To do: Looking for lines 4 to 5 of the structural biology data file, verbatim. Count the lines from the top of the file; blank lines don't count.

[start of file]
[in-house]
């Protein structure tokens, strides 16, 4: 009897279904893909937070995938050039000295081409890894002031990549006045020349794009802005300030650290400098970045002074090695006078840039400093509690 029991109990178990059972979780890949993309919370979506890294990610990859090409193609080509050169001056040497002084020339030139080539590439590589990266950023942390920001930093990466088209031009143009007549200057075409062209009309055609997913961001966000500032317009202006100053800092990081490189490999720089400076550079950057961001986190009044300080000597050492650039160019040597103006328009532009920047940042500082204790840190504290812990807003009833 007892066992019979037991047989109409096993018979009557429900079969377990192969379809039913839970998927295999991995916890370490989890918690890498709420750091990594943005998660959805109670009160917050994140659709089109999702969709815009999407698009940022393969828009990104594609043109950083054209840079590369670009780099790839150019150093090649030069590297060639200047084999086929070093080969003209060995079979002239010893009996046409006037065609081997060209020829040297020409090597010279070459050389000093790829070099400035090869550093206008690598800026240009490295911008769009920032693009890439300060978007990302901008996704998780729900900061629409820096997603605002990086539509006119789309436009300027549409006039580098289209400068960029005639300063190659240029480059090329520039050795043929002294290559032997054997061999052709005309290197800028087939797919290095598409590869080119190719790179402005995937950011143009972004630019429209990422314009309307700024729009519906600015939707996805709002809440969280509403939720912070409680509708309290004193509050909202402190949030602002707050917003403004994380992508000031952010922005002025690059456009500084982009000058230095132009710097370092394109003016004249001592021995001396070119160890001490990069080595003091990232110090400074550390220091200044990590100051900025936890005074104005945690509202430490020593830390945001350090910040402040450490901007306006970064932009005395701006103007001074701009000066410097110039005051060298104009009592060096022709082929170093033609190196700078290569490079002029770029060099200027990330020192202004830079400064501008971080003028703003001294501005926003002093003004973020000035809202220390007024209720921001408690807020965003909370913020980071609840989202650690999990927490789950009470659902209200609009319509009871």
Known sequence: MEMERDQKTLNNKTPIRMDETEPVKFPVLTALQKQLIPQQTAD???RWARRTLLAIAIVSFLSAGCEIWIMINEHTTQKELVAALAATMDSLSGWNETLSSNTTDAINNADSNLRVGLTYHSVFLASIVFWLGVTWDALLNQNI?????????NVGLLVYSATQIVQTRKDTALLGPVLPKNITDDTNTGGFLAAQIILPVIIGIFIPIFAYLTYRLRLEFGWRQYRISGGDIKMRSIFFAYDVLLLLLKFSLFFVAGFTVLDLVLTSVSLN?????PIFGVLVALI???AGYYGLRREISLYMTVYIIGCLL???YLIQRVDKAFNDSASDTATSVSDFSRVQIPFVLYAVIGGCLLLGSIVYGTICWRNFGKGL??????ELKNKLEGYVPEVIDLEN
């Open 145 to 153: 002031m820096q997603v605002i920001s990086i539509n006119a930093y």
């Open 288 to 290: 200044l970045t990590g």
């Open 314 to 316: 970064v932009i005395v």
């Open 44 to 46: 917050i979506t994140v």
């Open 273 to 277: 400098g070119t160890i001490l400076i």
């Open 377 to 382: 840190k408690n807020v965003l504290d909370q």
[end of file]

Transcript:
């Open 145 to 153: 002031m820096q997603v605002i920001s990086i539509n006119a930093y």
């Open 288 to 290: 200044l970045t990590g």